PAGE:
Exiting Africa: Barclays Announcement Expected Tuesday

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Written by Staff

From FinancialTimes. Story by Martin Arnold and Patrick Jenkins.

Barclays’ new CEO is planning to announce on Tuesday that the British bank has decided to exit its African operations in a bold move to refocus the bank on its core U.K. and U.S. markets.

After a review of the African business led by Jes Staley, the bank’s board decided last week that in principle it made strategic sense to get out of the continent, according to unnamed sources familiar with the matter.

The board had a subcommittee examine the practicalities of how and when to sell Barclays Africa, one of its four main lines of business. By delegating authority it avoided having to disclose the decision immediately.

This means that a sale of the bank’s 62.3 percent stake in its Johannesburg-listed subsidiary will depend on numerous factors, including market conditions and the response of regulators.

The stake is worth $4.81 billion US at current market prices. Investment bankers say there are no obvious strategic buyers for the African business. The value of the stake has fallen in recent months, making the option of steadily selling the stake to institutional investors less attractive. Barclays declined to comment.

Several people who have met Staley recently say he recognizes Africa is one of Barclays’ few genuine growth areas, but he believes it is becoming a costly distraction as the South African rand devalues and the country’s economy slows down.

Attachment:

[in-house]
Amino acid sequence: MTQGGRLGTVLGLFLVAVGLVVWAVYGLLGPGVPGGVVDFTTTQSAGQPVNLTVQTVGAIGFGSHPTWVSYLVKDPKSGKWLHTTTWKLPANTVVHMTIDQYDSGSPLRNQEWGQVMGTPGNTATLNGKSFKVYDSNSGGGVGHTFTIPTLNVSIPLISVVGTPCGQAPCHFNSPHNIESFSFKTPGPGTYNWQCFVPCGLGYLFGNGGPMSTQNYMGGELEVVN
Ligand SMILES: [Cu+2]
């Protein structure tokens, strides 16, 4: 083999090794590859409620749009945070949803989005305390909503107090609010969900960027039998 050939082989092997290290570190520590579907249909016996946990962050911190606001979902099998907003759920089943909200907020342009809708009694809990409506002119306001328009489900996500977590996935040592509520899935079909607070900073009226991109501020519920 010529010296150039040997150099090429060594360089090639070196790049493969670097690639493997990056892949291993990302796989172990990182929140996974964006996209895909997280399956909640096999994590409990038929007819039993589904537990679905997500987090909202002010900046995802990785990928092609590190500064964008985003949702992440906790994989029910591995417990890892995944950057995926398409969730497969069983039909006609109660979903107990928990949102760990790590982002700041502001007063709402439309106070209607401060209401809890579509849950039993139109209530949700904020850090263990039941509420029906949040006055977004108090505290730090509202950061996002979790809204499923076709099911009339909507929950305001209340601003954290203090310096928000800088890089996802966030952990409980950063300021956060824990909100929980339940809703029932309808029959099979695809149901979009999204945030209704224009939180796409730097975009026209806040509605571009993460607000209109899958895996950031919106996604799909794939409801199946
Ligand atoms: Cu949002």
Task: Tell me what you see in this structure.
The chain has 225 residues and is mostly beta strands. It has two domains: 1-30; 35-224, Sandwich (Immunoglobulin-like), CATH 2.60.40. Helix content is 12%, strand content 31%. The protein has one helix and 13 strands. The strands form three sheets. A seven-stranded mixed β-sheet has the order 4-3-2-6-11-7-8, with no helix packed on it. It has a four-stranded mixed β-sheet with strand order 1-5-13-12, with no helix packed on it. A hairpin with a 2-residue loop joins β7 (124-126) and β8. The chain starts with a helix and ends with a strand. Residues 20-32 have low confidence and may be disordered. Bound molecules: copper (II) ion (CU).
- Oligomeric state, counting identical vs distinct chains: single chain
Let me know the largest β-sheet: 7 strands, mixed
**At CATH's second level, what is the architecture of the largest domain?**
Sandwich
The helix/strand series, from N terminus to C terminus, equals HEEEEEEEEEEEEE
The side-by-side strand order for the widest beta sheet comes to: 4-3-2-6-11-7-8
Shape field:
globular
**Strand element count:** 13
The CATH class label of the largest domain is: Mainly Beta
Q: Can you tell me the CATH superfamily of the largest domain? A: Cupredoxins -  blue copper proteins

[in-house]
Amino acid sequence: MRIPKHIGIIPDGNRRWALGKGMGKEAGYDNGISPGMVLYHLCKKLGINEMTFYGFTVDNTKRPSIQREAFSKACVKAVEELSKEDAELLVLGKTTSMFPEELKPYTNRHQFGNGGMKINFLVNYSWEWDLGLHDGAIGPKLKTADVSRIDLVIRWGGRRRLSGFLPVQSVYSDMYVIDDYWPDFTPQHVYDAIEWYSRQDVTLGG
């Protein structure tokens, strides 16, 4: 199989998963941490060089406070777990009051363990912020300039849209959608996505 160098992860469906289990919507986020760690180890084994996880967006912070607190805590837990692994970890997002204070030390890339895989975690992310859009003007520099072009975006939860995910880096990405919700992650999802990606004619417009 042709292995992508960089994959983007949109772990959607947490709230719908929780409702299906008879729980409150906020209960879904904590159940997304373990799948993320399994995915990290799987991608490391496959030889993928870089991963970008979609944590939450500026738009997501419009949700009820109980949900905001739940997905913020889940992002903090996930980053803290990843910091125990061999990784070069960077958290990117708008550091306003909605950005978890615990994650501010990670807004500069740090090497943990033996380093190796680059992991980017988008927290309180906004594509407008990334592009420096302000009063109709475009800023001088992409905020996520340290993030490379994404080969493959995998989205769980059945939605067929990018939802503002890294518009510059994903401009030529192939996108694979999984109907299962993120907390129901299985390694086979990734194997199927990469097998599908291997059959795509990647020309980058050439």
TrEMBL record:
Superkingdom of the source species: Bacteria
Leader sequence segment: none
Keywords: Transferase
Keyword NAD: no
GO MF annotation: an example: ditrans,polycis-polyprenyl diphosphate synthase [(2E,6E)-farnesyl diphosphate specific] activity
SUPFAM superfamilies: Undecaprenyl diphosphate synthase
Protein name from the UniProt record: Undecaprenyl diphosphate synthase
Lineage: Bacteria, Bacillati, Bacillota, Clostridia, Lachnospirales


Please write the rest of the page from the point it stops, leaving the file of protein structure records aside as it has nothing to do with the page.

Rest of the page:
The bank also sees extra risks of corruption and misconduct in Africa. “Barclays does not own all of the equity, but it owns 100 percent of the risk if something goes wrong,” a source said.

One benefit of selling out of Africa is that it could address worries about Barclays’ capital.

“While we expect the process of selling Barclays Africa Group to prove more difficult than the market currently expects … a wholesale exit from Africa would seem to make sense,” said Joseph Dickerson, banks analyst at Jefferies.

Barclays has had operations in parts of Africa for almost a century. Barclays Africa Group Limited, which includes the South African branch network Absa, is one of the largest banks on the continent, with a $60.98 billion balance sheet. It has 45,000 employees — a third of all Barclays staff — and 1,267 branches across 12 countries, including Kenya, Ghana, Tanzania, Mozambique, and Uganda.

But the recent contribution of the African business to the overall group’s profits has been hit by the devaluation of the South African rand against the British pound.

Read more at FinancialTimes.